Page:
Re: [tied] Beer!

From: Piotr Gasiorowski
Message: 15161
Date: 2002-09-06

Also fermentum, etc., of course. Skt. bHaru- m. 'sea' and Celtic *bervo: 'seethe, boil' also belong here. We should probably reconstruct a metathetic root like *bHerh1-/*bHreh1-, approx. 'splash, foam, boil', with derivatives such as *bHerh1-u-s 'troubled water', *bHreh1-wr 'spring, well'. I am not sure how to analyse the Germanic "burn-/brun-" words (*brunnaz, *brunno:n-); they look as if they could be derivatives of *bHrh1-un-. The river Bzura in Poland (from Brzura < *brjura < *breura:) matches one of the hypothetical etymologies of "beer". Perhaps it is Germanic rather than "Old European".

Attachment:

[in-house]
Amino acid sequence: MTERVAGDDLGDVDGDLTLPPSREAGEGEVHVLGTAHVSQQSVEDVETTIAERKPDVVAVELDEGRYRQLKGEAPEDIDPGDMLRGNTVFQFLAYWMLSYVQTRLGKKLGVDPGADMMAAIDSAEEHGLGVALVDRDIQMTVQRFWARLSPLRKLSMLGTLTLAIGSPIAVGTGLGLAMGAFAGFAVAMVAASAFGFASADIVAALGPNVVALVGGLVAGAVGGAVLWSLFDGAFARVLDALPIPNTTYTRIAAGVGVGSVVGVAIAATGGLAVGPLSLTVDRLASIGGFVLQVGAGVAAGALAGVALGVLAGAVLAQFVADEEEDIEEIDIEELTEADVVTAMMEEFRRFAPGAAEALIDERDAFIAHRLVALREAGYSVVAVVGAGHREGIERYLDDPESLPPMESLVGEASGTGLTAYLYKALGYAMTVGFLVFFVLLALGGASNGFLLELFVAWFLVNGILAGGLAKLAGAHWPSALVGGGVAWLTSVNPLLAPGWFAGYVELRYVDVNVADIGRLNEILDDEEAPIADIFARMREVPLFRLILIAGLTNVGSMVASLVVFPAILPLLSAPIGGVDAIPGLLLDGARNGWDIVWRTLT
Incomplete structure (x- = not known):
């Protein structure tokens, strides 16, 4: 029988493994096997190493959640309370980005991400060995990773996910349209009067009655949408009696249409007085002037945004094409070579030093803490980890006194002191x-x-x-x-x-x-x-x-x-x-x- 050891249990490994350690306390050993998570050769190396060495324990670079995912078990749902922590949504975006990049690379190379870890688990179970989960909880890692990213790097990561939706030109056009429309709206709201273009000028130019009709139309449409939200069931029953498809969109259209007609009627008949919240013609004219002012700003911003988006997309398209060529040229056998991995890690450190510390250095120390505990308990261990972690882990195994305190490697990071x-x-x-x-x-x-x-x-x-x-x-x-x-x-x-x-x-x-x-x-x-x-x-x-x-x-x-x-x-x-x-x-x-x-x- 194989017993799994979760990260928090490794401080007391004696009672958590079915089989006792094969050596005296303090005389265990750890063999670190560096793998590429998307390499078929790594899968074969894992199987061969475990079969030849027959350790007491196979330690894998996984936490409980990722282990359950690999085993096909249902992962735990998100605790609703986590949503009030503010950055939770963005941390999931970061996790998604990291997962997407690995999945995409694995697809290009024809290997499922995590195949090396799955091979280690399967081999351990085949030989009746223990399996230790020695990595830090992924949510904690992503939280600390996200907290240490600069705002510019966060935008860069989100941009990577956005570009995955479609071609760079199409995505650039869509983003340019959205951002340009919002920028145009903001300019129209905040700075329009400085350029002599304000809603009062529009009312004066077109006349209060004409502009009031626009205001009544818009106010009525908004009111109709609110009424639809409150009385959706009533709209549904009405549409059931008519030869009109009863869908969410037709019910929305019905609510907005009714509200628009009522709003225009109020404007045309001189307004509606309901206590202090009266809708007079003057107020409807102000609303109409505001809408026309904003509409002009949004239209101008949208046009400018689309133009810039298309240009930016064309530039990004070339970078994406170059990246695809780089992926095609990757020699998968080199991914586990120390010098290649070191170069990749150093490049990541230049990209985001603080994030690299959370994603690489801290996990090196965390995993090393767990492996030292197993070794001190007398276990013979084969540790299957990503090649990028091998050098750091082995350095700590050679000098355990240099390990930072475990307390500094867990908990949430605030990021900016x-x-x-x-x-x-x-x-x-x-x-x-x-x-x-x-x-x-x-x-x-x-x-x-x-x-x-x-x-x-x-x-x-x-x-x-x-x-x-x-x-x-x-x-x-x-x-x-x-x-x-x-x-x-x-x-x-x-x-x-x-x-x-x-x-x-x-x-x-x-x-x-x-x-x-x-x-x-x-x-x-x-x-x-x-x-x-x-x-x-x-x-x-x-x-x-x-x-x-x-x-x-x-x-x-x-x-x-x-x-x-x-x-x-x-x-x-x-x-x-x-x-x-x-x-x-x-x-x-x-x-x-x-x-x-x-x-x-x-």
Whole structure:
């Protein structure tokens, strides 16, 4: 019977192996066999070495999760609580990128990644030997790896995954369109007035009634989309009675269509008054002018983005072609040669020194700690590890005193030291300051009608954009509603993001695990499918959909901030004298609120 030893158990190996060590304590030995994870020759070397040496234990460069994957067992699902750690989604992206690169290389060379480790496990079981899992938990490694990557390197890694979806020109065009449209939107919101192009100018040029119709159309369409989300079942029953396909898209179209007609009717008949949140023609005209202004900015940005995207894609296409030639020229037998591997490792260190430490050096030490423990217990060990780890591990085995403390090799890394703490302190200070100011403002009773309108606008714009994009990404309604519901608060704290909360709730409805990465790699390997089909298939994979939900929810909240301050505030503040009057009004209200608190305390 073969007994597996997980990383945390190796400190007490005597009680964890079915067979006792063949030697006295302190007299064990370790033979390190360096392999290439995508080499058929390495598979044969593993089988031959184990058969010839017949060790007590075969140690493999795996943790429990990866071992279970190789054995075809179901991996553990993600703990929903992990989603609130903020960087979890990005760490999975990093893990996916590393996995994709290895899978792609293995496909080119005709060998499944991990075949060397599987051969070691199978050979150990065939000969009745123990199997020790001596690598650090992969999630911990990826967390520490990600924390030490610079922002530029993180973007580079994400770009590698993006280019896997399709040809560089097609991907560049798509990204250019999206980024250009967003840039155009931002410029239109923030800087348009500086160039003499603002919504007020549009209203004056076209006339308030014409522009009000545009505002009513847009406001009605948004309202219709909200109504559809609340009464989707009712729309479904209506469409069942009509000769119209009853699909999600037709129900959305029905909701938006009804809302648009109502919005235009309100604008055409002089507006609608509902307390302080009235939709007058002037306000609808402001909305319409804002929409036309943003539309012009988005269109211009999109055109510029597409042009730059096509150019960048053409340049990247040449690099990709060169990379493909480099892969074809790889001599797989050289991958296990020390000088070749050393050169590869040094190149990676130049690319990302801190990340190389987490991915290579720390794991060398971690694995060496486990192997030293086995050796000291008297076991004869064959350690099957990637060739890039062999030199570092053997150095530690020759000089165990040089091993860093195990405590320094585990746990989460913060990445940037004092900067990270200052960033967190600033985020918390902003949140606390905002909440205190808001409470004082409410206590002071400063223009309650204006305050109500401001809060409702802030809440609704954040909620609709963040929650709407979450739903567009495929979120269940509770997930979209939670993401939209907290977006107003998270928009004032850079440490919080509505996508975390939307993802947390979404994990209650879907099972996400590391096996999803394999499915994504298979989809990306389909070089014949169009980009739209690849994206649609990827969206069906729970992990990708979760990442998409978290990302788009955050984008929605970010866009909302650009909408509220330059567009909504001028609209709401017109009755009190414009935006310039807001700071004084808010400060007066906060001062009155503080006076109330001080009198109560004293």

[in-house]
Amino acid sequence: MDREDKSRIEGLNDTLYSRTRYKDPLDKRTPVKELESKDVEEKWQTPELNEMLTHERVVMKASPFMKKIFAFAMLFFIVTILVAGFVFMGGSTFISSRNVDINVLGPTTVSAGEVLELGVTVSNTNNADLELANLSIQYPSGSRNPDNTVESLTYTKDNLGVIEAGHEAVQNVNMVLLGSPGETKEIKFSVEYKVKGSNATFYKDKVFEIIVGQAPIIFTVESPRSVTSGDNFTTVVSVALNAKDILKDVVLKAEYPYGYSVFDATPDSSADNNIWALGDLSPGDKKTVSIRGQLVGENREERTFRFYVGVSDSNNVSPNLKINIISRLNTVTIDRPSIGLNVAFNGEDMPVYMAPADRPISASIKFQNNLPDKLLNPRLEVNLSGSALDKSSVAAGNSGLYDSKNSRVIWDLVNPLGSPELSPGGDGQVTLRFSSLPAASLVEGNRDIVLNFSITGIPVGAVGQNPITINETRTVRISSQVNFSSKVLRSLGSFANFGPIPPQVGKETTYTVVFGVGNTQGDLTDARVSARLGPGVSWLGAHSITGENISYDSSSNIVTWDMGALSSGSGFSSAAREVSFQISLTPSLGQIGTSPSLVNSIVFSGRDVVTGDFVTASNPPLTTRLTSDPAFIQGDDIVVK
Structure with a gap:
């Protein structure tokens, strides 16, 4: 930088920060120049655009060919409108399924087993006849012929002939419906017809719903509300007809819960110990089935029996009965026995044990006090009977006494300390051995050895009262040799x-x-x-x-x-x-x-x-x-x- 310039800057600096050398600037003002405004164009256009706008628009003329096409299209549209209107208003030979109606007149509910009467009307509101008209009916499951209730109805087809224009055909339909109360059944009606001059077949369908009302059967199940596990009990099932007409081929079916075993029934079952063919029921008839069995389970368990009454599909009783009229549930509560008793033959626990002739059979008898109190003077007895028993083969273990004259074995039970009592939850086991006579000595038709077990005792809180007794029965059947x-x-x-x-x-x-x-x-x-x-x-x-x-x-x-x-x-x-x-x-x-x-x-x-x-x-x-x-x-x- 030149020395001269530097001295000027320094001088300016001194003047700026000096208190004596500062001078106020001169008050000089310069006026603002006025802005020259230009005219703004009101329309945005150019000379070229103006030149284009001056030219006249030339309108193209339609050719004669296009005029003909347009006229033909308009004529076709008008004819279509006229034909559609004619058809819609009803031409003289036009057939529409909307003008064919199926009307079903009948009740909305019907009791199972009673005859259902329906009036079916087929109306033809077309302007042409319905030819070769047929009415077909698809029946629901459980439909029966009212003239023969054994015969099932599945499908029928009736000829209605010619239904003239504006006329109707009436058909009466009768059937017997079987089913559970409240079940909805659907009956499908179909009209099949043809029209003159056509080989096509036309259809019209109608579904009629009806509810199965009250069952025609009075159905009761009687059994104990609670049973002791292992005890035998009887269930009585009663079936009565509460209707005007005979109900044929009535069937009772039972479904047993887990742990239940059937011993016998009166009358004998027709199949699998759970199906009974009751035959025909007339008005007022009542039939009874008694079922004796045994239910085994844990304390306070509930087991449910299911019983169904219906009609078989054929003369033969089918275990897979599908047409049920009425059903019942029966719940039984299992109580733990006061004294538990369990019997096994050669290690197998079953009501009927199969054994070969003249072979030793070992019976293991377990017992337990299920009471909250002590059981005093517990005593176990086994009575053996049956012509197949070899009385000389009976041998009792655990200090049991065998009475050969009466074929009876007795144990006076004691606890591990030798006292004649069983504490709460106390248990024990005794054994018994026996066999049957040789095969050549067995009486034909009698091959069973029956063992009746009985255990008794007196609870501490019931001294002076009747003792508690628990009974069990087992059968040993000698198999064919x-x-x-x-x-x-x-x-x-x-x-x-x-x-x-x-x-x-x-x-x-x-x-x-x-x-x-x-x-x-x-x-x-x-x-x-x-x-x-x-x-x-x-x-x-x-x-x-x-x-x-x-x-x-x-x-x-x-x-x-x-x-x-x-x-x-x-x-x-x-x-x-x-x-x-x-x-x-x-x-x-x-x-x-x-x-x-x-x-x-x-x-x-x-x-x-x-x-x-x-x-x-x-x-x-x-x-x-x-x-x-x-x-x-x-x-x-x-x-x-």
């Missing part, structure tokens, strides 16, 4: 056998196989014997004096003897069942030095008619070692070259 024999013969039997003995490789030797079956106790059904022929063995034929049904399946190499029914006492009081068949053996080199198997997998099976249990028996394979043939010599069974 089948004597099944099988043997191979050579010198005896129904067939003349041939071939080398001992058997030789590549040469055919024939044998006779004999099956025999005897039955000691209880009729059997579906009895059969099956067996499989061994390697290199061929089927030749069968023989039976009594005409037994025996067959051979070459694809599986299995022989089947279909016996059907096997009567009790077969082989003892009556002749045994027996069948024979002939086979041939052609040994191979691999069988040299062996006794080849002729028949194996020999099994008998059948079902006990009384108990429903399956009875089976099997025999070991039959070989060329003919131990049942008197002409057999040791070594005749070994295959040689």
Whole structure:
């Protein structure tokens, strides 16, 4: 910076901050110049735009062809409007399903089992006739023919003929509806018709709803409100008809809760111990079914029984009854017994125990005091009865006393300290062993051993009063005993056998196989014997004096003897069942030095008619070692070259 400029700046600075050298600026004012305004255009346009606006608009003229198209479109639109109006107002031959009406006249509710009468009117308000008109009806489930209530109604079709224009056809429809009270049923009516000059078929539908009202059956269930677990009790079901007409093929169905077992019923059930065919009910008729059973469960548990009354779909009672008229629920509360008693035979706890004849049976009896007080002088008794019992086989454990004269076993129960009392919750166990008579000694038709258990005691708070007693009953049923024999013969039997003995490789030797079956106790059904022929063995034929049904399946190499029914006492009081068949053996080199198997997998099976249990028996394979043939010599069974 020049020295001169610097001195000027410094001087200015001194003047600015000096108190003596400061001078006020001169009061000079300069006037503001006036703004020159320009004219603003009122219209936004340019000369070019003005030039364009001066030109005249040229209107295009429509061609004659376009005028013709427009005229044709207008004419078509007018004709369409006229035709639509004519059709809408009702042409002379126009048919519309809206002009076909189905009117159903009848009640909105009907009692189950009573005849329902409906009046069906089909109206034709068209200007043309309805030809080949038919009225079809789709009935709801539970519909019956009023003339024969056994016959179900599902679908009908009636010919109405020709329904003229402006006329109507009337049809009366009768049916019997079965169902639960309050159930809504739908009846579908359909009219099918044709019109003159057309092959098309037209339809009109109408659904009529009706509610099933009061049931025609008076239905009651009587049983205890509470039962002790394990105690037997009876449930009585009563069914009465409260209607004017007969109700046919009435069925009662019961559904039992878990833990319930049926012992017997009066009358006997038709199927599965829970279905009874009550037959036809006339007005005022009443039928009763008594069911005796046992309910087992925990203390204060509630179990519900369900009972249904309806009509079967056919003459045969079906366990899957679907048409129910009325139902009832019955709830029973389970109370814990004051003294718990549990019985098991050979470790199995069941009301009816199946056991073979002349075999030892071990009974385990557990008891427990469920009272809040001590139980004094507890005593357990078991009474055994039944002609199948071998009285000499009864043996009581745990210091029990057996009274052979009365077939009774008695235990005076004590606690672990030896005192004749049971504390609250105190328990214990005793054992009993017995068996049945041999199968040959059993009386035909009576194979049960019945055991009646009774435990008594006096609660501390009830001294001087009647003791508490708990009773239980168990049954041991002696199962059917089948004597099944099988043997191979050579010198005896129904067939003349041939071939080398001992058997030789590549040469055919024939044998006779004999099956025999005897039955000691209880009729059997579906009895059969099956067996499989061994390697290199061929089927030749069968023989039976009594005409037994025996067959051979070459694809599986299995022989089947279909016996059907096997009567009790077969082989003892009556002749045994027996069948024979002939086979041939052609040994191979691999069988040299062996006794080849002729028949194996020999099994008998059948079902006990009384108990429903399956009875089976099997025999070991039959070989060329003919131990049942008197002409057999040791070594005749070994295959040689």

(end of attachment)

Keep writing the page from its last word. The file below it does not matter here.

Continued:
I wonder, quite seriously, if the PIE 'beaver' word is really derived from a term for 'brown', as generally assumed. Why the reduplication? Why not *bHebHru- < *bHe-bHrh1-u- 'splasher', not unlike *kWekWlo- from *kWelh1-?
----- Original Message -----
From: Miguel Carrasquer
Sent: Friday, September 06, 2002 4:38 AM
Subject: Re: [tied] Beer!

Germanic b- cannot correspond with Greek b-.  A Greek cognate is phrear "well"
(Arm. aLbewr, aLbiwr) < *bhre(:)wr.  A Latin cognate is ferveo "I boil" <